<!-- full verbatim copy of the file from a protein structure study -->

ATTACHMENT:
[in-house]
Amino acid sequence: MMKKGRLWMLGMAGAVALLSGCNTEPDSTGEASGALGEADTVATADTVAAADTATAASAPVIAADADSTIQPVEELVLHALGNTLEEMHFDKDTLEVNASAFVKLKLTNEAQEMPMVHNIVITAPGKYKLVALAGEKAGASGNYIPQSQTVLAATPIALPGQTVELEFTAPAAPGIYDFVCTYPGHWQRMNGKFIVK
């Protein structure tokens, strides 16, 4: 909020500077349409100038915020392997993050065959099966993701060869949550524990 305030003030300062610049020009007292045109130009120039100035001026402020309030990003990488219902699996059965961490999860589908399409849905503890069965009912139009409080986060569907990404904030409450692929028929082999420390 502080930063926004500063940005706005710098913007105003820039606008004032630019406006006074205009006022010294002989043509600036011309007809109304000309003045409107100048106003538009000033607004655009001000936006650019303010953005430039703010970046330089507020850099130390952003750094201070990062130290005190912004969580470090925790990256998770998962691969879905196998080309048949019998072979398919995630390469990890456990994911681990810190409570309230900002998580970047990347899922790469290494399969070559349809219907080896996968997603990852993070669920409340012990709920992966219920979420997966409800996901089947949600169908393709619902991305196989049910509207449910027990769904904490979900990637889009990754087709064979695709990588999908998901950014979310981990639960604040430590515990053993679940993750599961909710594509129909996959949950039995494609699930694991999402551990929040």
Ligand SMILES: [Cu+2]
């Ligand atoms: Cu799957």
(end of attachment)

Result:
[in-house]
Amino acid sequence: MMKKGRLWMLGMAGAVALLSGCNTEPDSTGEASGALGEADTVATADTVAAADTATAASAPVIAADADSTIQPVEELVLHALGNTLEEMHFDKDTLEVNASAFVKLKLTNEAQEMPMVHNIVITAPGKYKLVALAGEKAGASGNYIPQSQTVLAATPIALPGQTVELEFTAPAAPGIYDFVCTYPGHWQRMNGKFIVK
């Protein structure tokens, strides 16, 4: 909020500077349409100038915020392997993050065959099966993701060869949550524990 305030003030300062610049020009007292045109130009120039100035001026402020309030990003990488219902699996059965961490999860589908399409849905503890069965009912139009409080986060569907990404904030409450692929028929082999420390 502080930063926004500063940005706005710098913007105003820039606008004032630019406006006074205009006022010294002989043509600036011309007809109304000309003045409107100048106003538009000033607004655009001000936006650019303010953005430039703010970046330089507020850099130390952003750094201070990062130290005190912004969580470090925790990256998770998962691969879905196998080309048949019998072979398919995630390469990890456990994911681990810190409570309230900002998580970047990347899922790469290494399969070559349809219907080896996968997603990852993070669920409340012990709920992966219920979420997966409800996901089947949600169908393709619902991305196989049910509207449910027990769904904490979900990637889009990754087709064979695709990588999908998901950014979310981990639960604040430590515990053993679940993750599961909710594509129909996959949950039995494609699930694991999402551990929040």
Ligand SMILES: [Cu+2]
């Ligand atoms: Cu799957």